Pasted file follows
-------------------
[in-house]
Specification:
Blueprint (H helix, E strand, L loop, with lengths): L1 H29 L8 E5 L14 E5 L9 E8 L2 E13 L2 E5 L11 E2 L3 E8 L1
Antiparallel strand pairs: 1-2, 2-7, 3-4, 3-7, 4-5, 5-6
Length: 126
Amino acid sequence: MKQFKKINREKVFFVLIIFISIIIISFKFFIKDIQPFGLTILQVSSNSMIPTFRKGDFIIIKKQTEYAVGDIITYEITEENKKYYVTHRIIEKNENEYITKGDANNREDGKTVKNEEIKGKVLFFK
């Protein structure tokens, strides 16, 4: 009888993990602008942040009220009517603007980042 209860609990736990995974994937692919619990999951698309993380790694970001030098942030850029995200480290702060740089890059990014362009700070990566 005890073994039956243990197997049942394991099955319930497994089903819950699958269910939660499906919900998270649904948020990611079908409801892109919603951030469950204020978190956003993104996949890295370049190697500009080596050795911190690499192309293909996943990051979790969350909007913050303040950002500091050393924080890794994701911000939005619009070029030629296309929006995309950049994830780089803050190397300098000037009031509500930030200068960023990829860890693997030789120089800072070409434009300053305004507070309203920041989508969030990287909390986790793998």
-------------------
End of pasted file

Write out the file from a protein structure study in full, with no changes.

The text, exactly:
[in-house]
Specification:
Blueprint (H helix, E strand, L loop, with lengths): L1 H29 L8 E5 L14 E5 L9 E8 L2 E13 L2 E5 L11 E2 L3 E8 L1
Antiparallel strand pairs: 1-2, 2-7, 3-4, 3-7, 4-5, 5-6
Length: 126
Amino acid sequence: MKQFKKINREKVFFVLIIFISIIIISFKFFIKDIQPFGLTILQVSSNSMIPTFRKGDFIIIKKQTEYAVGDIITYEITEENKKYYVTHRIIEKNENEYITKGDANNREDGKTVKNEEIKGKVLFFK
């Protein structure tokens, strides 16, 4: 009888993990602008942040009220009517603007980042 209860609990736990995974994937692919619990999951698309993380790694970001030098942030850029995200480290702060740089890059990014362009700070990566 005890073994039956243990197997049942394991099955319930497994089903819950699958269910939660499906919900998270649904948020990611079908409801892109919603951030469950204020978190956003993104996949890295370049190697500009080596050795911190690499192309293909996943990051979790969350909007913050303040950002500091050393924080890794994701911000939005619009070029030629296309929006995309950049994830780089803050190397300098000037009031509500930030200068960023990829860890693997030789120089800072070409434009300053305004507070309203920041989508969030990287909390986790793998």